DOOM got "generally favorable" reviews on Metacritic, receiving a metascore of 85/100 on both PC & PS4, 79/100 on Nintendo Switch, and 87/100 on Xbox One. On whatoplay.com, its PS4 version ranks 1st place on its "Top PS4 FPS Games of All Time" list holding an aggregate score (playscore) of 8.87 based on 37 critics and 15,200+ gamer ratings. It also receives a playscore of 8.85 on PC, 8.21 on Nintendo Switch, and 8.57 on Xbox One.
- In credits player can notice a name of Steven Serafin (marked as "Technical Producer") and a kneeling transculent Marine. Steven, who passed away in 2014, helped present the DOOM demo at Quakecon in 2014.
- ↑ https://gamerant.com/doom-sequel-id-software/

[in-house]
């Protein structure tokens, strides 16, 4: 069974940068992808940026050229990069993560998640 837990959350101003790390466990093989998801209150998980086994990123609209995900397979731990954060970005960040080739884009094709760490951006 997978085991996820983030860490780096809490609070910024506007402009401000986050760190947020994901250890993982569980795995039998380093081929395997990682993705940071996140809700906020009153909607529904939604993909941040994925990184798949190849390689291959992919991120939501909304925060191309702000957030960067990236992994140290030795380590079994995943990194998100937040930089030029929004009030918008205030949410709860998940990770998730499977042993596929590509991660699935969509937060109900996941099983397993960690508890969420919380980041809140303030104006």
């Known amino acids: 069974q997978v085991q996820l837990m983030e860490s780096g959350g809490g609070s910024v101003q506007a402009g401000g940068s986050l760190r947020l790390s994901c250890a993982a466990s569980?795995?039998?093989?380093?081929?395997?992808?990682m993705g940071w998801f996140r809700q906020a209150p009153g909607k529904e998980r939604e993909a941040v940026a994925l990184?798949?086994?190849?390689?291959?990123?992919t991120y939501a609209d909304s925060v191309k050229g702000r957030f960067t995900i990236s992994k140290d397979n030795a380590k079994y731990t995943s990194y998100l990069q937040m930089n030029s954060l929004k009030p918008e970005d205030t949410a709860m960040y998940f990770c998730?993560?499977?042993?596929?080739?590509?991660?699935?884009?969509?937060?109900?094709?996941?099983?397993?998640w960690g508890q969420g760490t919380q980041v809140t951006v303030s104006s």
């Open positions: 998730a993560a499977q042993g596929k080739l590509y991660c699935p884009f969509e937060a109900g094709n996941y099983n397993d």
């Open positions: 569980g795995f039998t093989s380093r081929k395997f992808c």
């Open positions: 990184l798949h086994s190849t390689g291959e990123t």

- ↑ 2.0 2.1 2.2 2.3 2.4 2.5 2.6 2.7 DOOM GAMEPLAY UNVEILED AT QUAKECON 2014 on July 17, 2014
- ↑ Nintendo's official page for Doom on September 14, 2017
- ↑ 4.0 4.1 4.2 4.3 4.4 4.5 Bertz, Matt. "A Legend Reborn." Game Informer #74 2016: 31-41. Print.
- ↑ Game Informer: John Carmack Talks Rage, id Tech 5 And More on August 3, 2007
- ↑ Shacknews: Doom 4 announced on May 7, 2008
- ↑ Doom 4: Brad Hawkins Motion Capture Interview on February 11, 2009
- ↑ Shacknews: id Promises Doom 4 News at QuakeCon 2010 on August 13, 2009
- ↑ Matt Hooper's Twitter
- ↑ McElroy, Griffin. 'Doom 4' will incorporate Oculus Rift VR tech The Verge, August 3, 2012.
- ↑ Shacknews: Doom 4 Sports Better Graphics Than Rage; Uses id Tech 5, Lower Frame Rate on July 16, 2008
- ↑ Shacknews: Doom 4 Multiplayer to Beat Doom 3's Modes on July 31, 2008
- ↑ Doomworld: Doom 4 Writer Revealed on January 16, 2009